Despite ongoing protests from KTRU fans, Rice University students and alumni, Rice University has gone through with their plan to submit an application to the FCC in order to transfer ownership of KTRU’s FM frequency and license to University of Houston. With this purchase, University of Houston plans to expand its public radio offerings by adding a full-time classical music station. Rice University has agreed to let KTRU continue as an Internet-only station.
The group Friends of KTRU has hired a law firm in order to work on a formal objection to the sale and Save KTRU will be providing details about the best way to protest this sale in the coming days. They’ve set up a new email list in order to keep KTRU supporters informed throughout this process.
In the meantime, the 30 day public comment period has begun; so interested parties are invited to submit their written objections to the sale to the FCC.
An item on Radio Business Report states that the sale price has gone up in order to include some student internships at the new station. It also mentions that the station could perhaps have been saved if students had voted to increase a “blanket tax.” Radio Business Report writes:
“Rice President David Leebron said that the students themselves declined to accept an increase in their ‘blanket tax’ from $5.50 to $7.50 which would have allowed the station to meet increasing operating costs. He also said that it was important to cut a deal while the station had value.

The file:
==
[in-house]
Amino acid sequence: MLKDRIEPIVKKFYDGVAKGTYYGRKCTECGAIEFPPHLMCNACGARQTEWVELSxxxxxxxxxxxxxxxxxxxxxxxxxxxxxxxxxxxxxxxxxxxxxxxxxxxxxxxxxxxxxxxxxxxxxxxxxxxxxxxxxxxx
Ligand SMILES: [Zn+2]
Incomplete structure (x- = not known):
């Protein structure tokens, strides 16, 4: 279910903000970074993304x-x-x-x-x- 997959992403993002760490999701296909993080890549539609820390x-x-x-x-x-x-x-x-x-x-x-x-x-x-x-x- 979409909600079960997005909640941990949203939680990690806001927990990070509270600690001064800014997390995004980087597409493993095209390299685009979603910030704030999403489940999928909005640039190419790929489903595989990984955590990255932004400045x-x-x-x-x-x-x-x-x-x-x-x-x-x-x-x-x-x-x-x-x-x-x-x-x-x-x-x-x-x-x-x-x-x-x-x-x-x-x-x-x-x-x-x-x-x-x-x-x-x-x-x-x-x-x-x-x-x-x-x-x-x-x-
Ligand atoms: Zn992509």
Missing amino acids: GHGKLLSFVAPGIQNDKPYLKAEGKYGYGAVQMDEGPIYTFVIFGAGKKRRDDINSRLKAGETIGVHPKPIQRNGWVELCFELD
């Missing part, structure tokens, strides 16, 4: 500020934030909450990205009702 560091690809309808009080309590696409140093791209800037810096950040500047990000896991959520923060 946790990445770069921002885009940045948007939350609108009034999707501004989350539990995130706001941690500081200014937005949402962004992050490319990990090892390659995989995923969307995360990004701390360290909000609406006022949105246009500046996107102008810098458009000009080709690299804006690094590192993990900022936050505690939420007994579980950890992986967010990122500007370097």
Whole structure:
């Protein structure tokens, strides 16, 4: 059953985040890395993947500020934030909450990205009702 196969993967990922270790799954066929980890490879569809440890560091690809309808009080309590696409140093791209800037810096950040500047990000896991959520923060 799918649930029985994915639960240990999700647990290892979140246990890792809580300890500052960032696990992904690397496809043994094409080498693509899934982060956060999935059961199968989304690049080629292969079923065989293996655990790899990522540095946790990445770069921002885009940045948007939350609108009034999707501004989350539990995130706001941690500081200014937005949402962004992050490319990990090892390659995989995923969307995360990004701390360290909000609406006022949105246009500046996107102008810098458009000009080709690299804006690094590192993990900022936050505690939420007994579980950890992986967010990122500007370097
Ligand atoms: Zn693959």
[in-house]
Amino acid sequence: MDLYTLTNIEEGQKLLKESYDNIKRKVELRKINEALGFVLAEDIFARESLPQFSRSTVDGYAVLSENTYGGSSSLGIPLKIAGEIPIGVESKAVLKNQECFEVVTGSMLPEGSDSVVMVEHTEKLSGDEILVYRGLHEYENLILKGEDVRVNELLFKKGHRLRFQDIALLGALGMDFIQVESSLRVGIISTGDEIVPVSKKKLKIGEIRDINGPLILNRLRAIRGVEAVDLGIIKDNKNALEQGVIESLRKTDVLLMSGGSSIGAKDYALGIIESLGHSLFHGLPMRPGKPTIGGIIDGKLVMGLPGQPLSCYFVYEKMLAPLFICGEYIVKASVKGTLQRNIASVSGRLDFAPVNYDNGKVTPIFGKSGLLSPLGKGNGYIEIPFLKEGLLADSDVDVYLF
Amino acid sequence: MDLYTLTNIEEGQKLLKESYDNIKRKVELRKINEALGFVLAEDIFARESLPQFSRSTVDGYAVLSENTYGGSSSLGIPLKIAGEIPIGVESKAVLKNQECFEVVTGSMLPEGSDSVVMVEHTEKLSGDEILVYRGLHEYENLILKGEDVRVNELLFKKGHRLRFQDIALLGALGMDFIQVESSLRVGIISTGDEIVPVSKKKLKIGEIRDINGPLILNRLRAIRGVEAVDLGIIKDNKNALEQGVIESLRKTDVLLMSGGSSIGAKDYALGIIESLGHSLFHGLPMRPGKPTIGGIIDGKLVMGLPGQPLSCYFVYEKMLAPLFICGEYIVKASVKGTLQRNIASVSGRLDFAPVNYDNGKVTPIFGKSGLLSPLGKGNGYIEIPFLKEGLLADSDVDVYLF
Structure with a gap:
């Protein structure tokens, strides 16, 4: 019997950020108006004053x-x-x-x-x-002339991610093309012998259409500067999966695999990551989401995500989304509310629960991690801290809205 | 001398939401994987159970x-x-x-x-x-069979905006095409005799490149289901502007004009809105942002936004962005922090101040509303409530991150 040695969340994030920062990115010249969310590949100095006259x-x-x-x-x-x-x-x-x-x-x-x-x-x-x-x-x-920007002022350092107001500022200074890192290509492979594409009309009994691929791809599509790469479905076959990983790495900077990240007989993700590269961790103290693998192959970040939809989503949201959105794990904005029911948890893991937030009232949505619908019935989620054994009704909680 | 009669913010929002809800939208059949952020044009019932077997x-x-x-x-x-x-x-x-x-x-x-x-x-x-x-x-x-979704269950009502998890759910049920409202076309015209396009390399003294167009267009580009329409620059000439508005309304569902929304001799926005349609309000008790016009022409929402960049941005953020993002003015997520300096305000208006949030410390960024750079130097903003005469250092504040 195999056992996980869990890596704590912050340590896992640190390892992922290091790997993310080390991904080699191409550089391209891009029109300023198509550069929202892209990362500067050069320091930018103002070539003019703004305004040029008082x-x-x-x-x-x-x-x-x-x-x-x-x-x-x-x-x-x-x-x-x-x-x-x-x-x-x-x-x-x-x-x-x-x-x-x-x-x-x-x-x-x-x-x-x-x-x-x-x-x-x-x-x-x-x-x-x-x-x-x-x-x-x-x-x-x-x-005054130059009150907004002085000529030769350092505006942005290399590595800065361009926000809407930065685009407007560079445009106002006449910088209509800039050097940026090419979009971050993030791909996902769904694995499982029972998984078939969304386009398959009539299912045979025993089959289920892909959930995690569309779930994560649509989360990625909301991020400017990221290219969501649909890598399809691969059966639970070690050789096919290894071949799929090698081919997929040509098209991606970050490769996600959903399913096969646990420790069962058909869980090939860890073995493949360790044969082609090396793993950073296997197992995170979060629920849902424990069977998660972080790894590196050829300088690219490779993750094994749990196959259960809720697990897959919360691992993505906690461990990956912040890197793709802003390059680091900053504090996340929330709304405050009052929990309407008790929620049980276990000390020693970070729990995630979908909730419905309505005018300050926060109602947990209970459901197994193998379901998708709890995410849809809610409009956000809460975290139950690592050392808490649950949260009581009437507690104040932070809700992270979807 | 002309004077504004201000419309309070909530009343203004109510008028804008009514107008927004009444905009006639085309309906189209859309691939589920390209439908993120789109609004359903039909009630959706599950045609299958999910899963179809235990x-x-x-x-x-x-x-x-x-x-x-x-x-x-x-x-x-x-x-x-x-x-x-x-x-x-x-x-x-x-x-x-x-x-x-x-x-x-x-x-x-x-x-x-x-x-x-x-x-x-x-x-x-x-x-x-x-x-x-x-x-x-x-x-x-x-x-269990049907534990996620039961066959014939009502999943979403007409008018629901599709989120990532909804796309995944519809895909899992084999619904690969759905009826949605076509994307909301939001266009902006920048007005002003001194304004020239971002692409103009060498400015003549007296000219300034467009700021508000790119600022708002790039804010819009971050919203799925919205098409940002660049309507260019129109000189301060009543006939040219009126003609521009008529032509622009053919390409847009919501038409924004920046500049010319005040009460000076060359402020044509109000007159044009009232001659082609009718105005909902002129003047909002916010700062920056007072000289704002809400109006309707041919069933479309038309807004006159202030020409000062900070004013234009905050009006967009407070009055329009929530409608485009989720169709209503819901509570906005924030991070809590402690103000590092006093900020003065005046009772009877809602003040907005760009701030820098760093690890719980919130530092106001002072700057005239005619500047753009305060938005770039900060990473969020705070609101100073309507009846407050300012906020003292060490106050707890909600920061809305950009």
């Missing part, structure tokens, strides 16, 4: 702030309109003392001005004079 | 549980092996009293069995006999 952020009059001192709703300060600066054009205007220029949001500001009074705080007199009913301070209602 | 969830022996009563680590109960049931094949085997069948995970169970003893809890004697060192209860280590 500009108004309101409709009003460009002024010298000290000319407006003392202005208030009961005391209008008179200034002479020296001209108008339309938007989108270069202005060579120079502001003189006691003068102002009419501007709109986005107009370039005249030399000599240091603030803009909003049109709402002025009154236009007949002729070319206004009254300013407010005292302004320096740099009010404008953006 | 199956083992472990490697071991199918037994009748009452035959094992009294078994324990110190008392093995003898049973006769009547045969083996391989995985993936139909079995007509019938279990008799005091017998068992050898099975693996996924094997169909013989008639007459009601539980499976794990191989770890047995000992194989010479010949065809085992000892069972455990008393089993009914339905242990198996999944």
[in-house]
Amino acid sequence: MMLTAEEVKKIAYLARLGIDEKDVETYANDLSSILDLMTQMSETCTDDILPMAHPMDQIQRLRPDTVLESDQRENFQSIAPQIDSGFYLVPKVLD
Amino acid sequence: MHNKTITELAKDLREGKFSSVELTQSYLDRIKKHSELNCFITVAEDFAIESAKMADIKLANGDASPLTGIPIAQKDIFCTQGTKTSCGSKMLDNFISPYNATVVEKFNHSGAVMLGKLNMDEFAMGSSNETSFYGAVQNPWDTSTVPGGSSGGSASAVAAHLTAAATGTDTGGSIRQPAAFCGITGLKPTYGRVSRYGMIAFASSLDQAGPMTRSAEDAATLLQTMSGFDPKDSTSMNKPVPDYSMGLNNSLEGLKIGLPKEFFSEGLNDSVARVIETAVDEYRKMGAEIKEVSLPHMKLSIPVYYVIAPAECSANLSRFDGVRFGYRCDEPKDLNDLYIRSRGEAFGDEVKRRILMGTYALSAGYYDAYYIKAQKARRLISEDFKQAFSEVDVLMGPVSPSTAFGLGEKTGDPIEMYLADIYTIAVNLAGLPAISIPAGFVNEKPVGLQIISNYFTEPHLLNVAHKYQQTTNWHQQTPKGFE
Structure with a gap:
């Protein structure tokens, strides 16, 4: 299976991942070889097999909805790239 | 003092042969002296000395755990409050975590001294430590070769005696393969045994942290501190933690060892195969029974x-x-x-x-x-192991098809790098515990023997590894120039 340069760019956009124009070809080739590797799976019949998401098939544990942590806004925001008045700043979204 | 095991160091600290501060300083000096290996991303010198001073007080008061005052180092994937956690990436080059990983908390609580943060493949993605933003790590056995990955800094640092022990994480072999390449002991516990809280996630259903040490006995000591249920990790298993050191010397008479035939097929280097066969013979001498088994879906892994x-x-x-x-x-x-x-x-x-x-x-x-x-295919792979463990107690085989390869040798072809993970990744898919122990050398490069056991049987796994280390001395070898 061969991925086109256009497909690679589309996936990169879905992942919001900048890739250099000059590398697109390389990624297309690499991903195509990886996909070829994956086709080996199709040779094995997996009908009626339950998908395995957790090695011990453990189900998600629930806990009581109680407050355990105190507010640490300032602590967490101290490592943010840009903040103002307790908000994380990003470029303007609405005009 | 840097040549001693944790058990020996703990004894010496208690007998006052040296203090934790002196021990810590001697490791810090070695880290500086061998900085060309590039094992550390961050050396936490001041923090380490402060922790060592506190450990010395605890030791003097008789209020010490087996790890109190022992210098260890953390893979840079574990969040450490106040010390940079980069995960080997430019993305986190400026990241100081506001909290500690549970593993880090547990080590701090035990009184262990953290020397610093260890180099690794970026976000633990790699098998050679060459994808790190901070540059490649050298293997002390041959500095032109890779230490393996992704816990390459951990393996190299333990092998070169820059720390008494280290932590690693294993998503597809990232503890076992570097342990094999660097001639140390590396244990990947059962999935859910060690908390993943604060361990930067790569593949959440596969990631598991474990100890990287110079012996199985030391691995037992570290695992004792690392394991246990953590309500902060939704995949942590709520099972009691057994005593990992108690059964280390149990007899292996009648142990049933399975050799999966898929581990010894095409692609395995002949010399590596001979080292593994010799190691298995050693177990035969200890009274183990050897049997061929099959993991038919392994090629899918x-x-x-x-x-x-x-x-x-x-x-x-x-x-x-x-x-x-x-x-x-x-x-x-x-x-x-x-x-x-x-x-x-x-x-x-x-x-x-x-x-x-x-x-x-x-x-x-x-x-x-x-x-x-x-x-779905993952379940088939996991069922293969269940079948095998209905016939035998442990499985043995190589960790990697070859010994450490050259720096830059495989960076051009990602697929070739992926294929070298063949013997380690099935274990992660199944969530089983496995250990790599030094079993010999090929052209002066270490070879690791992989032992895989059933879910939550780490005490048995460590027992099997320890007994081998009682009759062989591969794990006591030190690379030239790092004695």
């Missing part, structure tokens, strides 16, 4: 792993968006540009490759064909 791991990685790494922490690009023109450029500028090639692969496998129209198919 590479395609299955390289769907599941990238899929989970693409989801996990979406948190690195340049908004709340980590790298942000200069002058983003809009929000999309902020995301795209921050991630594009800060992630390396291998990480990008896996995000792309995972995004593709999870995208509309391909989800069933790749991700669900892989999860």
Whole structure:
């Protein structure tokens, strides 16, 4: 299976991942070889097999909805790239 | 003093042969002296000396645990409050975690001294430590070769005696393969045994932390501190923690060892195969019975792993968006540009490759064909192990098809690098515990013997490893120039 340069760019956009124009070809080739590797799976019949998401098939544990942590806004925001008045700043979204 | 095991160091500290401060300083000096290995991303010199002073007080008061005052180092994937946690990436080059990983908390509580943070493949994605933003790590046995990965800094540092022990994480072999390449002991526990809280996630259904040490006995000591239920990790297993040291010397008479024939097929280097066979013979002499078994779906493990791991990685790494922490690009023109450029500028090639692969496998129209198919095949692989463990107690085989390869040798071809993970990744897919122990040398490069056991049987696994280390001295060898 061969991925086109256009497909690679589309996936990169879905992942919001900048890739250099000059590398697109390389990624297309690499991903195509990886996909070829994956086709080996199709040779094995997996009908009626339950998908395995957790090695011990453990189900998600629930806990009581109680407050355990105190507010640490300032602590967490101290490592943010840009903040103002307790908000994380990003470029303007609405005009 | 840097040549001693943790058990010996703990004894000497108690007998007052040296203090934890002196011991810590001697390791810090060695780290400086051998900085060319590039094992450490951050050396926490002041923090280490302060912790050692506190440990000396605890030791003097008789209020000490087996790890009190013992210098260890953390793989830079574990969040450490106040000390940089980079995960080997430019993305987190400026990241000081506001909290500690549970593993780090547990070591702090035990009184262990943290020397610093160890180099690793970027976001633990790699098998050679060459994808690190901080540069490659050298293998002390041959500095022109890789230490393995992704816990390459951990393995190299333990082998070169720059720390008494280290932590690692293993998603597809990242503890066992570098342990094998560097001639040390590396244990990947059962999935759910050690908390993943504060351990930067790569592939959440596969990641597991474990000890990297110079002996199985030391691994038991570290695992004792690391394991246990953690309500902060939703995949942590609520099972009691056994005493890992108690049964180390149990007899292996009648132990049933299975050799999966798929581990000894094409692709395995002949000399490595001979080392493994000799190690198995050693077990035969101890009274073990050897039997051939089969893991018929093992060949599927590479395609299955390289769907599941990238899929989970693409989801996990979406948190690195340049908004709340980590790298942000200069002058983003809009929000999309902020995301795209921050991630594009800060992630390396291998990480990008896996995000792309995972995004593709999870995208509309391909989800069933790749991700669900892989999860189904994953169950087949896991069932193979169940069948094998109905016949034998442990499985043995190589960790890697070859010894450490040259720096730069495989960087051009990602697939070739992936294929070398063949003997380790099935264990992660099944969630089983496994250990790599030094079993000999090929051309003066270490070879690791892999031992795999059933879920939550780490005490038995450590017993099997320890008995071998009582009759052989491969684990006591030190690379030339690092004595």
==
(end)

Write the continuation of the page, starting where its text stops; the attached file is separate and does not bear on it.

In the end, the reported price tag of $9.5M has been increased with a $432K sweetener for Rice in the form of student internships. UH will provide six paid intern positions for Rice students at the station over the course of three years, an investment which will total the aforementioned $432K in compensation for the students getting the position.”
David Leebron goes into more detail about the “blanket tax,” in a piece in the Rice Thresher from August 27th, in which he explains that the lack of student support for the tax (which would have benefitted KTRU) helped confirm beliefs held by those investigating the station sale. Critics have pointed out, though, that 55% of students who voted supported the tax (a 2/3 majority was needed to win), so student support of the station can still be considered strong.
For an insider look at some of the shenanigans that have taken place leading up to this moment, you can take a look at scans of various KTRU Sale-related documents that Jim Ellinger of Austin Airwaves obtained through an Open Records Request from University of Houston. Documents are posted at the Keeping the Public in Public Radio blog, which plans to keep adding more scans from the 155 pages obtained by Jim Ellinger.